There are no housekeepers that pick up trash on any of these trail. State workers only cut down fallen trees that block trails. Bring out your trash. Leave nothing but footprints and smiles. Happy Trails!
Manoa Falls is an easy trail in Manoa Valley. Bring good footwear because it is muddy and slippery. Its one mile to the waterfall. You may want to bring mosquito repellent.
I love how this tree looks like a giant lady holding up branches into the air.
First glimpse of the waterfall.
This type of flower comes from an invasive ginger called “Green Grenade”. Its beautiful but its a weed. I took this flower home and a week later 1000 seeds came bursting from the flower. Not to mention that it spreads like wildfire from the rhizome (root) system. The original collection is at Lyon’s Arboretum but it somehow hopped its way through the Manoa Forest and near to the waterfall. So I beheaded it because it had such a lovely face. Then I took its photo.
FYI: This not a Hawaiian tradition. Many visitors from the mainland have come and set up these little rock cairns that look like rock people. They look cute so I took their photos. However, many of my Hawaiian friends and family are offended because it is not a Hawaiian tradition.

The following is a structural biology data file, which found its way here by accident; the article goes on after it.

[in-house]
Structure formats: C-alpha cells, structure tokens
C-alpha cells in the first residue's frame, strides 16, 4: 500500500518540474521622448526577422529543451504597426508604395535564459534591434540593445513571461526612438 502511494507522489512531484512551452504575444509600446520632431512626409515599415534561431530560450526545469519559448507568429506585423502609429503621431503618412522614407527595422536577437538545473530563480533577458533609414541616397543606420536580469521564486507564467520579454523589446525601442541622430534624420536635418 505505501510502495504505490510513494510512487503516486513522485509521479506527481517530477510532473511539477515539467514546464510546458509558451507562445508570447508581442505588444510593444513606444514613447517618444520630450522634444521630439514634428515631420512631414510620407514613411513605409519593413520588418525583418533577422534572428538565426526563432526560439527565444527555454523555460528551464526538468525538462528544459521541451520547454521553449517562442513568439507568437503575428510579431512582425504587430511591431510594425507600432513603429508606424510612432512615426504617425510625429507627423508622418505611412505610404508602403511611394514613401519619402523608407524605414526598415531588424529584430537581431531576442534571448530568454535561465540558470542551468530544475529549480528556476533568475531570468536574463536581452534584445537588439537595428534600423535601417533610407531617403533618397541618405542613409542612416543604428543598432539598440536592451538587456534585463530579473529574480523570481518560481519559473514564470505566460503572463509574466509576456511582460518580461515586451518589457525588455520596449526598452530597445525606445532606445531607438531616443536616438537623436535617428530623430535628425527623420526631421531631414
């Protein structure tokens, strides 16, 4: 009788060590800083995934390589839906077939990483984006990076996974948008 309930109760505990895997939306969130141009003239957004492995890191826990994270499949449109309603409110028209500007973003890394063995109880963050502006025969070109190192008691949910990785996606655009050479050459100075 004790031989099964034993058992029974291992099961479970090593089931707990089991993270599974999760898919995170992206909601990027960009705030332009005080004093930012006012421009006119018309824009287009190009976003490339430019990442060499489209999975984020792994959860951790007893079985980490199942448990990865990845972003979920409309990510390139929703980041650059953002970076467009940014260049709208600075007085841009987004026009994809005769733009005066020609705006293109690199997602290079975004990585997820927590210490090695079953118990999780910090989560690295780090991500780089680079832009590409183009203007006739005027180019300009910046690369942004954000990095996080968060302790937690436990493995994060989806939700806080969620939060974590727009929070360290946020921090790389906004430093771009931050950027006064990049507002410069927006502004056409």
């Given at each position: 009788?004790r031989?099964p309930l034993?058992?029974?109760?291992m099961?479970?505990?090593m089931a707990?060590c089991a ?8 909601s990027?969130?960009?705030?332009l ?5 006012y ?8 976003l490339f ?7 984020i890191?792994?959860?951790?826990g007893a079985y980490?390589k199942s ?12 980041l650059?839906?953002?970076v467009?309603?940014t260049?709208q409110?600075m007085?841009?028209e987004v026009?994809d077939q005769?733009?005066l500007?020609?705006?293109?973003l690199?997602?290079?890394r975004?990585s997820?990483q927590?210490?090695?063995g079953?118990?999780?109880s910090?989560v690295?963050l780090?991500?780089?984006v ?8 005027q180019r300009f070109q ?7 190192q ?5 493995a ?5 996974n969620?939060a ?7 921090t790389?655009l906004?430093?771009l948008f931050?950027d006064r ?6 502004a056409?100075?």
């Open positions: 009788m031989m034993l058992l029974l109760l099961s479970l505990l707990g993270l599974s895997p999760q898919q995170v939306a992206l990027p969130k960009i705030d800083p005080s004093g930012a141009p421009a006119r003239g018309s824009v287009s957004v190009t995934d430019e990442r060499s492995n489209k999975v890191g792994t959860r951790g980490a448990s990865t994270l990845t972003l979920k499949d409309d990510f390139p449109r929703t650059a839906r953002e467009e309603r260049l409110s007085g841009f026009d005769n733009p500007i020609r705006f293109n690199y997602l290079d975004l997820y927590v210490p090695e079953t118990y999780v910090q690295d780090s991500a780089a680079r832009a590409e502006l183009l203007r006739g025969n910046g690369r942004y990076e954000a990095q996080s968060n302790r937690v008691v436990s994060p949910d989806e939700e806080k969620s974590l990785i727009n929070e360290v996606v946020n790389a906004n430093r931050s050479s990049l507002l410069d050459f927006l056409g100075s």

The Rock person is enjoying the waterfall.
You can never have enough pictures of Manoa Falls.
Rainbow in the falls!
I was back floating in the pool and saw the falls from this perspective.
Just was a word of warning: The state does not want people swimming in the pool because of the fear or rock slides and lawsuits. You swim at your own risk. These funny buggers below illustrated the point. Now they will be famous.
They are pretending to be unconscious from a falling rock. Anyways, so much for silliness.
Take out your lunch trash. There are no state housekeepers paid to pick up after you. Bring out what you bring in. Leave nothing but footprints and smiles. Happy Trails!
Manoa Falls Directions: Going East bound on H1: Take the Punahou Exit 23 then See below directions. Going West bound on H1: Take the Wilder Exit 24, continue on Wilder to the third light take a right on Punahou. See below directions. Continue up Punahou, heading towards the mountains. Punahou turns in Manoa road by staying left at the fork in the road. You will soon come to a five way intersection. Stay on Manoa road. Manoa Road continues into the back of Manoa Valley and ends at Paradise Park. Due to a high amount of hiker car theft the Manoa Falls parking lot has been unfortunately closed. Therefore, hikers have two choices. 1) Parking in the Paradise Park lot for a fee of $5.00 or 2) Park in the lower neighborhood for free. There is absolutely no parking on the fire lane beyond the Paradise parking lot and before the Lyon Arboretum entrance. After parking continue up the fire lane to the entrance of Lyon Arboretum. You will see straight ahead the old Manoa Falls parking lot gate and fence. Continue through the fence to the Manoa Falls trailhead. DO NOT LEAVE VALUABLES IN YOUR VEHICLE.